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A look back at TARP

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Kai Ryssdal: Of all the gut-wrenching days that the stock markets gave us as the financial crisis was unfolding two years ago, the gut-wrenchingest of all wasn't the day Lehman Brothers went under. It wasn't the day the government took over Fannie Mae and Freddie Mac, or the day AIG got bailed out. It was the day that the House voted down the TARP. That was the day the Dow crashed 777 points.

As we all know, Congress reconsidered a couple of days later and approved the $700 billion bank bailout. It expires on Sunday. But in a lot of ways the TARP lives on. Economically, of course. Politically, too.

Marketplace's Jeremy Hobson has the story.


Jeremy Hobson: Let's go back to Sept. 24, 2008.

Then-President George W. Bush: Good evening. This is an extraordinary period for America's economy.

The nation's largest banks were failing. AIG, Fannie Mae and Freddie Mac had been seized by the federal government. The stock market was on the fritz and credit was drying up. All because the mortgages, or troubled assets, being held by banks were losing value fast.

President George W. Bush addressed the nation from the White House.

Bush: Our entire economy is in danger. So I propose that the federal government reduce the risk posed by these troubled assets and supply urgently needed money, so banks and other financial institutions can avoid collapse and resume lending.

The original plan for TARP was to buy those toxic mortgages from the banks so they'd have nice clean balance sheets and could operate normally. In the midst of a presidential election, though, members of both parties were uneasy about the plan.

Jonathan Alter is the author of the new political book "The Promise."

Jonathan Alter: Barack Obama told me in an interview that he knew that it would be toxic politically for him to back the TARP bailouts, but he also knew that it was necessary to prevent a depression.

Even the House Republican Leader John Boehner, who now decries TARP, pleaded with his members to vote for it.

John Boehner: If I didn't think we were on the brink of an economic disaster, it would be the easiest thing in the world to me to say no to this. But I believe the risk in not acting is much higher than the risk in acting.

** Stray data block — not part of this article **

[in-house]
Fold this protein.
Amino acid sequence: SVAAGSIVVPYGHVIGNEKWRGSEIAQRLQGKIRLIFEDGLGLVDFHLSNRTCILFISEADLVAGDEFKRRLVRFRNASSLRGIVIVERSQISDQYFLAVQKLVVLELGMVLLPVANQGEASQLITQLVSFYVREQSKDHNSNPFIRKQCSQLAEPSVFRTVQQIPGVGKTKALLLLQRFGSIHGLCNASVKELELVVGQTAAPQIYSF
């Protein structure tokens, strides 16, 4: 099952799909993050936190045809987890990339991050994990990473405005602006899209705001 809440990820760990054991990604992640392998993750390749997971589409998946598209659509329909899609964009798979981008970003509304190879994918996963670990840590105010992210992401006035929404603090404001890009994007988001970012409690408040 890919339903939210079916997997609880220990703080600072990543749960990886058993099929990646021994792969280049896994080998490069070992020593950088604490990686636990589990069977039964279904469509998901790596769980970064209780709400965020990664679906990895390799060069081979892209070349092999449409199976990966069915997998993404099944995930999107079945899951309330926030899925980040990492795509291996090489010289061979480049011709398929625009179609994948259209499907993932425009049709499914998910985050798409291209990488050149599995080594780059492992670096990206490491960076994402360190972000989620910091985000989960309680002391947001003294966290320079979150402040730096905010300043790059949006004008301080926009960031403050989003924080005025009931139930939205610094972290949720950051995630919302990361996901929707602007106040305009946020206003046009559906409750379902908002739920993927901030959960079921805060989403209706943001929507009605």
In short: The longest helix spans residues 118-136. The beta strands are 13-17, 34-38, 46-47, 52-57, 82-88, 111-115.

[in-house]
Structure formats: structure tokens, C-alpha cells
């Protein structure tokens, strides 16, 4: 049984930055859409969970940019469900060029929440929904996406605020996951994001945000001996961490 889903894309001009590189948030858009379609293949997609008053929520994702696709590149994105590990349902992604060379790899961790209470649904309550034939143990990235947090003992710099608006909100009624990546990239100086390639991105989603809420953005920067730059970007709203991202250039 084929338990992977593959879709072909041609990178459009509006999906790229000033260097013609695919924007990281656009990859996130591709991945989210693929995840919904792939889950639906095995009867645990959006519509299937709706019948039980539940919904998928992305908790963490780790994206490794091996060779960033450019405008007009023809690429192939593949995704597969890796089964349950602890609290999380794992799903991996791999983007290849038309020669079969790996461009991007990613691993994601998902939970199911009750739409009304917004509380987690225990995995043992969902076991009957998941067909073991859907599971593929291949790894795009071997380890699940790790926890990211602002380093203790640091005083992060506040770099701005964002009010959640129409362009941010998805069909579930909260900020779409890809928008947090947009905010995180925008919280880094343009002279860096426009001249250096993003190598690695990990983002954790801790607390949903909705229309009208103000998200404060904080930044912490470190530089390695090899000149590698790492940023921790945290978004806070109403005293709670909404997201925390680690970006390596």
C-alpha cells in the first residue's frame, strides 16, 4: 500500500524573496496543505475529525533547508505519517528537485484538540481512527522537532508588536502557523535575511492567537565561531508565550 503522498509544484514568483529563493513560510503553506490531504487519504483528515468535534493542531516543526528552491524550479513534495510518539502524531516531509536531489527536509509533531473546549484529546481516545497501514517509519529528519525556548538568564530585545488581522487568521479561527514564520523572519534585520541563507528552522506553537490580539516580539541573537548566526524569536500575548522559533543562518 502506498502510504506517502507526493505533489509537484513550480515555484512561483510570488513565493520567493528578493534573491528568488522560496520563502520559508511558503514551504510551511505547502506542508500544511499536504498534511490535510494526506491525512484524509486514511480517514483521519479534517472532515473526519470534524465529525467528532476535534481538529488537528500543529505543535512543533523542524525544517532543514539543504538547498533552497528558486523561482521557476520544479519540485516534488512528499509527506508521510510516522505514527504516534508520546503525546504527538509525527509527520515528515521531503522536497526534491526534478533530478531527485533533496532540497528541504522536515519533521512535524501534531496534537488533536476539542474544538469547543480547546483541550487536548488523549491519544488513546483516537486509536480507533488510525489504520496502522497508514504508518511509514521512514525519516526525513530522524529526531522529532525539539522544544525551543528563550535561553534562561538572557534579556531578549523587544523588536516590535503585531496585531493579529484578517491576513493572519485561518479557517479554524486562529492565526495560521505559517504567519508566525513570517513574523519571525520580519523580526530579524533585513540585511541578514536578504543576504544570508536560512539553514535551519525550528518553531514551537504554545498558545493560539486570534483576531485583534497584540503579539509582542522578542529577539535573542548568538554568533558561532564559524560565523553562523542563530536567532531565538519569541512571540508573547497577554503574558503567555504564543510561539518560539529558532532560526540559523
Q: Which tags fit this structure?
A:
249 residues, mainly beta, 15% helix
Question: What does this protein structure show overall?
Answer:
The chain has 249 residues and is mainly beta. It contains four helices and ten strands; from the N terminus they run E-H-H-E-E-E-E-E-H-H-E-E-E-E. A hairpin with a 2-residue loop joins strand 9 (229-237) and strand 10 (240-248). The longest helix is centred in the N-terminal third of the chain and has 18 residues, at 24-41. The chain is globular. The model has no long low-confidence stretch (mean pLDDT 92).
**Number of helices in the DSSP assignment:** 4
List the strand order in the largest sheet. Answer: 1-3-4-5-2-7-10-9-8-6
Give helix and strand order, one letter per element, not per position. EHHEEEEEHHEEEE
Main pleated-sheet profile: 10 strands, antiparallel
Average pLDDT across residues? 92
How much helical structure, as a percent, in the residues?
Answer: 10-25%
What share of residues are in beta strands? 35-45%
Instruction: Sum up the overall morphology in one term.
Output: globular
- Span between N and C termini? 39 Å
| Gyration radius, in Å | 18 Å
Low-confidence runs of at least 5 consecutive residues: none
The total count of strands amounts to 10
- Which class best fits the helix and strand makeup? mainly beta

But Congress wasn't swayed, and voted TARP down at first. By the time a package was passed, buying up mortgages would have been too time-consuming. So the government decided to temporarily pump money directly into the banks.

And Mark Zandi of Moody's Analytics says that turned out to be a slam-dunk success.

Mark Zandi: The banking system stabilized. If it had not gotten that equity, it would have collapsed and taken the economy with it. We'd be in a measurably worse place.

Zandi, who advised John McCain in 2008, has actually done the measurements. He did a study with a former Clinton Administration economist on where we'd be without TARP. It found there would be 8.5 million fewer jobs than there are now and the unemployment rate would exceed 15 percent.

Zandi: By bailing them out, we bailed ourselves out.

And Zandi says we're likely to make money on the bank bailout part of TARP. As for the parts of TARP that have nothing to do with Wall Street? Well, there were about $80 billion in loans to the auto industry. It's not clear if that will be repaid in full. And about $45 billion is slated for assistance to home owners to modify loans and prevent foreclosures.

As Mark Zandi says:

Zandi: That money is gone. We won't get that money back and we'll lose money on that.

Bottom line, out of the all the money initially made available for TARP, only about $475 billion were used. And the Congressional Budget Office expects we'll get all but $66 billion back. But maybe that's not the whole story.

Kenneth Troske is a University of Kentucky economist who sits on the congressional panel that oversees TARP. He says looking at the TARP in isolation ignores other emergency actions by the Treasury and by the Fed that made it easier for banks to repay their loans.

Kenneth Troske: If you take a very narrow view of TARP, and say "Hey, we made our money back," well a lot of the cost of tarp were shifted to other programs that have received much less attention and much less government oversight.

Still, Troske says that TARP did save our banking system. And that's why he worries for the future. Since TARP has become so unpopular, he says:

Troske: In the next financial crisis, and I do believe that there will be a next financial crisis, we will not see another TARP. And if you felt that that was a valuable way to stem a financial crisis, we've lost that policy instrument.

Though it looks like it will be front and center for the next month, since government bailouts are about the most popular thing to run against.

In New York, I'm Jeremy Hobson for Marketplace.

Kai Ryssdal: As a parting note, 80 banks have repaid their TARP funds in full. That still leaves the Treasury to ride herd on some 600 banks, which together owe the government $55 billion.

About the author

Jeremy Hobson is host of Marketplace Morning Report, where he looks at business news from a global perspective to prepare listeners for the day ahead.

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